‘What is wrong with us,” Hillary Clinton inquired bitterly in Florida this month, “that we cannot stand up to the NRA and the gun lobby, and the gun manufacturers they represent?” She struck a hero’s pose: “We need to act and we need to build a movement. It’s infuriating!”
Implicit in Clinton’s lament was a serious charge: That the “us” in the equation represents the majority of American voters, and that the “NRA” represents an insidious force that has been successful in thwarting that majority’s will. Such presumptions are all-but ubiquitous in progressive-leaning circles. The NRA, President Obama told Marc Maron confidently in August of this year, has developed such an “extremely strong” “grip” on Congress that even “common-sense” reforms cannot make it into law. This, Obama submits, is democratically unjust. “I would particularly ask America’s gun owners,” he griped in a recent press conference, “to think about whether your views are being properly represented by the organization that suggests it is speaking for you.”
Seductive as it might be, there is little within the facts to recommend this approach. As Gallup confirmed just this week, the NRA is not a fringe organization that has managed somehow to impose a greatly undeserved octopus’s grip, but a mainstream plank of American civil society with approval ratings of which the vast majority of national politicians could only dream. “Despite a year of blistering criticism,” the polling firm notes, “58% in the U.S. have a favorable opinion” of the NRA — a number that “includes the highest recording of ‘very favorable’ opinions (26%) since Gallup began asking this question in 1989.” That trend line is moving upwards.
To grasp just how impressive these numbers are in context, consider that since June 2009 there has been just one week during which the twice-elected president of the United States has been that popular. Per Gallup’s favorability tracker, Obama’s latest approval rating is just 46 percent, twelve points lower than the NRA’s. This is no aberration. Over the last two years, the NRA’s rating has never dropped below 54 percent. Over the same period, Obama’s has never hit 50. A similar story obtains for Hillary Clinton, whose current favorability rating (42 percent) is 16 points below the NRA’s. Per HuffPost Pollster, the last month in which Clinton enjoyed NRA-like approval numbers was December of 2012 — before she re-entered the political field and set about reminding voters precisely why they dislike her. Who, one has to wonder, do we need to “stand up to” whom?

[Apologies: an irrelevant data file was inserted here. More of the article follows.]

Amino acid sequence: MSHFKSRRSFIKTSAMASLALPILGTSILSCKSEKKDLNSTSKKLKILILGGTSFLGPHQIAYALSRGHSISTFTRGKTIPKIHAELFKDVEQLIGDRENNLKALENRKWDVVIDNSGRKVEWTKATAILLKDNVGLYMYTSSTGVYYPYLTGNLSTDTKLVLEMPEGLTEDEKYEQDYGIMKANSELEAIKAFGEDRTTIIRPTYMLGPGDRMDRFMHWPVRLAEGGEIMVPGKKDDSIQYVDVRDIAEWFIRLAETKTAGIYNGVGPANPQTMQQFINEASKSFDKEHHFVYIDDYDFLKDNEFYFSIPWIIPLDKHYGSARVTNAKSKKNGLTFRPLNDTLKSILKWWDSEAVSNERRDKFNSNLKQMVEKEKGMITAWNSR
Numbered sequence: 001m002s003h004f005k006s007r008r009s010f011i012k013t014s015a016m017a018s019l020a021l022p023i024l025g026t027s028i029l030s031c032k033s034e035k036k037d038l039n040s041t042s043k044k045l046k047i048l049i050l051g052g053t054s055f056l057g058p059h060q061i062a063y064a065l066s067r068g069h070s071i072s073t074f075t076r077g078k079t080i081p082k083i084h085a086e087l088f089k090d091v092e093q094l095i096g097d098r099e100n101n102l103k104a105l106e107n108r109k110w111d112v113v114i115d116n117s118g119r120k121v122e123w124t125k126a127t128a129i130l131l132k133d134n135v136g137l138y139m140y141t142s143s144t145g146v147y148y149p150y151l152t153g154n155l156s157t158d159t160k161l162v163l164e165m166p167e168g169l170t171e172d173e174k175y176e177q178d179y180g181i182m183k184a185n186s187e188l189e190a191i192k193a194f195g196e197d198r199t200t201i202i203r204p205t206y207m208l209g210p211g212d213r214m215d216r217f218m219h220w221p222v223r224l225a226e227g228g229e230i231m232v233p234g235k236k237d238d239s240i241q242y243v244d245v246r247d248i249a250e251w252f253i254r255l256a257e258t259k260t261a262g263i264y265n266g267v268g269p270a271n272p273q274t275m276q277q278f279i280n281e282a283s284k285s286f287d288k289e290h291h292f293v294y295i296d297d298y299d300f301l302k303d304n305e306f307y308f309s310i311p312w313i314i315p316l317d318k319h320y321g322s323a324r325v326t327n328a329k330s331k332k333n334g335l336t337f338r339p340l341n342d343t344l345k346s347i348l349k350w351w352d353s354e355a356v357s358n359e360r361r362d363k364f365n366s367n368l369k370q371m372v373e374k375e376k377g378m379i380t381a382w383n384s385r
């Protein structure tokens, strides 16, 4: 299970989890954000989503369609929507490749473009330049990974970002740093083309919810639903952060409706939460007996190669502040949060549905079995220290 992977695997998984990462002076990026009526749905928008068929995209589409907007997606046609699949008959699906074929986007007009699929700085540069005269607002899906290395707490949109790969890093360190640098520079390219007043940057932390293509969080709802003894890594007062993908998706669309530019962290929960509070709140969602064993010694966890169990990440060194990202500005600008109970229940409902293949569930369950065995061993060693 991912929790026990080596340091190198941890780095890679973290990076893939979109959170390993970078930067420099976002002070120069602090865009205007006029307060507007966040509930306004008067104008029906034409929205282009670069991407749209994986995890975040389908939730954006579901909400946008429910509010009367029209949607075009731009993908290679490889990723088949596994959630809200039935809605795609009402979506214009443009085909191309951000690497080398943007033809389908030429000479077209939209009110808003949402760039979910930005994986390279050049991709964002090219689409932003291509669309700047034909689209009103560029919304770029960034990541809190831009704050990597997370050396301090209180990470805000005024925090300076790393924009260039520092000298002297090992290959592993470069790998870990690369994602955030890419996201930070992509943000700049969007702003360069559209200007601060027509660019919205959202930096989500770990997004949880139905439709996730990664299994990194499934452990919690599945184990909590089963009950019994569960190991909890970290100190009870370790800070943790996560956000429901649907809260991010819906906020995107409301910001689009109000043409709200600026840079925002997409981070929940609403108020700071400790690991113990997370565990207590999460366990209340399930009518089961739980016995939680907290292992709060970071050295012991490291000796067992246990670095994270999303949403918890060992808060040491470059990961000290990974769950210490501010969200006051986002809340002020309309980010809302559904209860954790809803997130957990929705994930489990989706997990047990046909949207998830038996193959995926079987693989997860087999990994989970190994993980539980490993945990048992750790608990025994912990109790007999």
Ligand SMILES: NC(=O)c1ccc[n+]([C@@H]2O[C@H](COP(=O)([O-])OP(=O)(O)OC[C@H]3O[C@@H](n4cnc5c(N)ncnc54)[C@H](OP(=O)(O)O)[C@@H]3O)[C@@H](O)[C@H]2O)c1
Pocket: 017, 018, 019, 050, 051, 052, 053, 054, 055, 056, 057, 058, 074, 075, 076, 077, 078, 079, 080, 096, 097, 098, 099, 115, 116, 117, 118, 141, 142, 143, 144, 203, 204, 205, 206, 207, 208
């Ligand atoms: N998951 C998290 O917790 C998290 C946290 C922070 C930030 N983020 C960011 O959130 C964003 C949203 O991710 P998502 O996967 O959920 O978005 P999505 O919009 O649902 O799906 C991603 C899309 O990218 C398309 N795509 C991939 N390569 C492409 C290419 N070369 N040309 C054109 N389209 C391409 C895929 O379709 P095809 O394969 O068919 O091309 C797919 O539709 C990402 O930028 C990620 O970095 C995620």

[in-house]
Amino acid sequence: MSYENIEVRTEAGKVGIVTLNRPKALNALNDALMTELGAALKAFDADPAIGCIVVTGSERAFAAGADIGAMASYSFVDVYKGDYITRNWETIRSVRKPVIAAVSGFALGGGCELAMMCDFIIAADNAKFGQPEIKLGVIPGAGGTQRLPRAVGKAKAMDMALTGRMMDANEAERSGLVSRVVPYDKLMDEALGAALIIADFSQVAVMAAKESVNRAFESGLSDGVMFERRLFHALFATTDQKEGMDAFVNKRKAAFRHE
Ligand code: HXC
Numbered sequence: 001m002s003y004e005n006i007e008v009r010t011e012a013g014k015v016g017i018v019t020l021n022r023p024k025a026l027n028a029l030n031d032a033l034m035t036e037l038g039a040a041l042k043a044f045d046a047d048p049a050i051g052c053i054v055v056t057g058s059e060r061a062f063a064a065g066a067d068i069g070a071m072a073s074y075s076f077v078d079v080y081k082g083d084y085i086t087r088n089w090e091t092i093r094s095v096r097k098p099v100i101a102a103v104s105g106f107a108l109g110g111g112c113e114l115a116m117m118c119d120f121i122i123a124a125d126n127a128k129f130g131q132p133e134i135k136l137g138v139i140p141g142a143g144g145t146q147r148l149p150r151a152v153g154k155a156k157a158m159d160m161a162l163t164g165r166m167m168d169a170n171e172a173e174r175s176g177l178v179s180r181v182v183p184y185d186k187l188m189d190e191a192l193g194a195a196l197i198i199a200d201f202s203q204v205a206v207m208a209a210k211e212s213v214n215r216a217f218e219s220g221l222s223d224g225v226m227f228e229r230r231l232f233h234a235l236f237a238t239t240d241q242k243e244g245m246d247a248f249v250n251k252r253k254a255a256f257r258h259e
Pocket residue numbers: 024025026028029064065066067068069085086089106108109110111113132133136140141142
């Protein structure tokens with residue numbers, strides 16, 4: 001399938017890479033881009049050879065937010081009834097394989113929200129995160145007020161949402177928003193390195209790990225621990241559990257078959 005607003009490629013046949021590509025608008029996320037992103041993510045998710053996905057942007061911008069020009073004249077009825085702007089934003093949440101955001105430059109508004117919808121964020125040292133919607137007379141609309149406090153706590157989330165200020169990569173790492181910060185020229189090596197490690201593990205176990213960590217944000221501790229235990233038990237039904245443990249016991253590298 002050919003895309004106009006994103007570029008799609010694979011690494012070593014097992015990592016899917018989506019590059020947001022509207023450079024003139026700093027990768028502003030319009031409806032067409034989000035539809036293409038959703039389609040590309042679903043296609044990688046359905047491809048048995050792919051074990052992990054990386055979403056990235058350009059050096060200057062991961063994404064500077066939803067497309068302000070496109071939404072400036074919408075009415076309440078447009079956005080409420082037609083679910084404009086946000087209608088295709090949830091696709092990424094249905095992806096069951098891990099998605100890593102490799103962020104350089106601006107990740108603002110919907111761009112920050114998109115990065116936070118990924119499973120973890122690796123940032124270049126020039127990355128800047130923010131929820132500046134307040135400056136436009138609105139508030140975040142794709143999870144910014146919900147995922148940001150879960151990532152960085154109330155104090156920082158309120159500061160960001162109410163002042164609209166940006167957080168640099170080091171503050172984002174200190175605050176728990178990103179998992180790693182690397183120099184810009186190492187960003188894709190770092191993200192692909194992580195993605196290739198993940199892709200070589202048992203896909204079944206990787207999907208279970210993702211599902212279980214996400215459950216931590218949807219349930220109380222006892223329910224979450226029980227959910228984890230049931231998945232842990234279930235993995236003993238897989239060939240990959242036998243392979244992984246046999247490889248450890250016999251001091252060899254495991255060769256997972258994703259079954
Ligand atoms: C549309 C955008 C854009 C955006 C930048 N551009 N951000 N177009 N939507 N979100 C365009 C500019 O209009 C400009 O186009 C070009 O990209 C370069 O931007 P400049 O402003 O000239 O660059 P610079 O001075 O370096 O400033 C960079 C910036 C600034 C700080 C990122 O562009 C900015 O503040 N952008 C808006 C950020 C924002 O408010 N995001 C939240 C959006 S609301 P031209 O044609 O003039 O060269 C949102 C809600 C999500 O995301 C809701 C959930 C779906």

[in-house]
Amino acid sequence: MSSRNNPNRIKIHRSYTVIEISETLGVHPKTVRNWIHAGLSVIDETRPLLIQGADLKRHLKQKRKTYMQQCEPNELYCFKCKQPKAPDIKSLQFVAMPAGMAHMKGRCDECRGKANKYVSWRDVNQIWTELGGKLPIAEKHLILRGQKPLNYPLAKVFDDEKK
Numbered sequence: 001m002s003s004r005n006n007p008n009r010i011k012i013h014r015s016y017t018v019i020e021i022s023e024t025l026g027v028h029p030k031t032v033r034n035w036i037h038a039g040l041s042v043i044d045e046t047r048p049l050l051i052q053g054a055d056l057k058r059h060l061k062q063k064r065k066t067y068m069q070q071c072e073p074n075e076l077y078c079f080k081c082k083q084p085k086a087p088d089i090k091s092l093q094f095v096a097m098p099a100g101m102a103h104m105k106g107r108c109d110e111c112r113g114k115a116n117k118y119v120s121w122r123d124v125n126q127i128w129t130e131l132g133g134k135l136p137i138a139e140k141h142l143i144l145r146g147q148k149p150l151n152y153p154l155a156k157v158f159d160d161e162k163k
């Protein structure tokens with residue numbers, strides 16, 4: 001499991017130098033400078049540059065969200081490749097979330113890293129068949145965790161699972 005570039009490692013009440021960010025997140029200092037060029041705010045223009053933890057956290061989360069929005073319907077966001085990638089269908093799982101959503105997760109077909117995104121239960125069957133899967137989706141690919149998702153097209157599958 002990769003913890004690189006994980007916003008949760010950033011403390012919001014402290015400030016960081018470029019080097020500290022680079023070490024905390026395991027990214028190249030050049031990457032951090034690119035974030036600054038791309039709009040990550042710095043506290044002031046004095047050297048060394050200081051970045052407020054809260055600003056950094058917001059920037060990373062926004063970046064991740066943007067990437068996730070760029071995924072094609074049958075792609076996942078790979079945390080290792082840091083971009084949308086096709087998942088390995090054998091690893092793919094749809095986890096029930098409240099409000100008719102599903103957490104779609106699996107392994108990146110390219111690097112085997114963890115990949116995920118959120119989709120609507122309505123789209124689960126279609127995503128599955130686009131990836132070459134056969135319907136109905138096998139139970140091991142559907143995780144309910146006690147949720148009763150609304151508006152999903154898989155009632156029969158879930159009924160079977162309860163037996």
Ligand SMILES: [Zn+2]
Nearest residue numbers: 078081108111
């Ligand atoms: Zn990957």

#share#It is customary for Second Amendment advocates to be told with a sneer that the NRA is “fringe” or “extreme” or even “un-American,” and that it does not so much represent public opinion as shill for a narrow and reactionary minority whose influence has become disastrously outsized. It is less typical, however, for the sneerers to follow their hasty logic through to its obvious conclusion. Over the last six years, the NRA has both enjoyed an average approval rating that is five to ten percentage points higher than Obama’s and suffered from considerably lower disapproval numbers to boot. In and of itself, this does not make the make the NRA substantively “right” or Obama substantively “wrong”; it does not tell us exactly what their critics like and what they loathe; and it does not help us to break down the extraordinarily complicated and often downright paradoxical polling results that mark the contemporary gun-control debate. But, in a system with pronounced democratic features, it does have an important bearing on the question of what is “normal” and what is “out of touch,” and it does help us to intuit who better represents the majority and who is running hopelessly against the tide. Most important of all, it raises an important question: If, as its critics insist, the NRA is dangerously outré, then what, pray, should we make of President Obama and Hillary Clinton, both of whom are a great deal less popular? Is it time to “build a movement” against them?